An Ontario man known for decking his house in brilliant Christmas lights for more than three decades died this week after falling from his roof while tending to the annual display, his family said as members of the community mourned his death.
The family of Douglas Musson of Burlington, Ont., said the 82-year-old had been trying to fix a leak on Monday when the ladder he was on fell.
"He was up on a ladder trying to find out why water was dripping on the pathway which might drip on visitors to the display, when the ladder fell," the family said in a statement on its website. "He died in hospital."
Musson began decorating his home with lights in Calgary before moving to Burlington in 1976, the family said. He had been adding more lights and figures to his display each year, and eventually the home on Spruce Avenue became known as Burlington's "Griswold house," after the brightly lit home in the film "National Lampoon’s Christmas Vacation."
"Our family is devastated. I debated even turning on the lights but decided he would want them on and he worked hard on making all of the displays," Musson's son Scott wrote in the online post
Scott Musson, 56, said in an interview Wednesday evening that his family thought they would have to cancel the Christmas display next year because his father was the sole provider.
"Because of the support we are getting, both financially and mentally, we need to continue (the display)," he said. "Right now my plan is, whatever it takes, I want to do them next year. ... We don't want to disappoint so many people who have been so helpful."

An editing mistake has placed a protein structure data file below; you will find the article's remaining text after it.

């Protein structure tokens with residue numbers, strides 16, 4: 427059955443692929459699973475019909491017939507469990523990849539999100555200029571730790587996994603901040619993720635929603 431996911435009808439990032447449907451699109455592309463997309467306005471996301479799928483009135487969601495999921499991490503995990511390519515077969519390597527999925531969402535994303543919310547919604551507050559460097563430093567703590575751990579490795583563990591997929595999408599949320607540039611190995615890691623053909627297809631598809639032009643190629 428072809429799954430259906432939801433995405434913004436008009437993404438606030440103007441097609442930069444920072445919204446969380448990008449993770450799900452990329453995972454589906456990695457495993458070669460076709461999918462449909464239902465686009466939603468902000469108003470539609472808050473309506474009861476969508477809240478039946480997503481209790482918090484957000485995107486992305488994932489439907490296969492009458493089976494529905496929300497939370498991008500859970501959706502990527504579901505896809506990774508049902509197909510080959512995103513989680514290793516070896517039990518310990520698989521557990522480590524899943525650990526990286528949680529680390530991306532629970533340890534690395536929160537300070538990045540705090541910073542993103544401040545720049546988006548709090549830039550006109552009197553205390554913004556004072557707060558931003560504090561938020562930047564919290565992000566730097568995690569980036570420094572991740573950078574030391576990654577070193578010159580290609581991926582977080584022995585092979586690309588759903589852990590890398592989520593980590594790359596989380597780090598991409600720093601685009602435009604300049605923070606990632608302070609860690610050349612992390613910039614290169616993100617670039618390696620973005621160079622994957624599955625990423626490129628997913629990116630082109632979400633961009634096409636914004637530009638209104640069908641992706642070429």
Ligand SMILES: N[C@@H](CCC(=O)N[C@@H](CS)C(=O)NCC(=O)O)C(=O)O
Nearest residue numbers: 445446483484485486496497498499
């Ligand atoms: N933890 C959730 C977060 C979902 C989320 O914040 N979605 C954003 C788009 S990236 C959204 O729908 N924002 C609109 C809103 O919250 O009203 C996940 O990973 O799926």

Scott Musson, who has been unable to work since suffering a heart attack two years ago, said his family is touched by all the people who have visited the house, dropping off envelopes, candles and flowers.
"It's been unbelievable, we're been almost overwhelmed with it," Scott said. "It's almost been a full day today just trying to handle that aspect, which in a way is a good thing because it keeps our minds off of things.
"We knew lots of people came to see the lights, but he had no idea what it meant to a lot of people."
He described his father as a family man who would lend a hand to anyone in need. He and his father also created an elaborate display that included a motorcycle to honour his other son Cam, who died in a motorcycle accident.
Scott said his dad was "helpful, concerning and caring" person. He says he thinks that is one of the reasons so many people have reached out to his family.
Burlington Mayor Rick Goldring was one of several community members expressing their condolences to Musson's family.
"This is very sad news for Burlington and our residents because the Mussons have been lighting up their house for decades in the city for decades," Goldring said in an interview Wednesday. "It has been a tradition for so many families to visit the Musson family's home every year — they were called the Griswolds of Burlington."
Since Monday, GoFundMe pages have been set up to raise money for the family, with one raising more than $9,000 by Wednesday afternoon.
The page description for one of the fundraisers asks people to donate to help the family and also for "the hope to keep the lights aglow in memory of the man who made everyone's Christmas around him merry and bright."
"Visiting this home has been a tradition since I was a little girl and it breaks my heart to hear of this tragedy in the community, and especially so close to Christmas," one donor wrote online.
An obituary posted online said a visitation service for Musson is scheduled for Dec. 27 and a funeral will be held the next day.
Musson is survived by his wife, Joanne, and children Scott, Gary and Debra.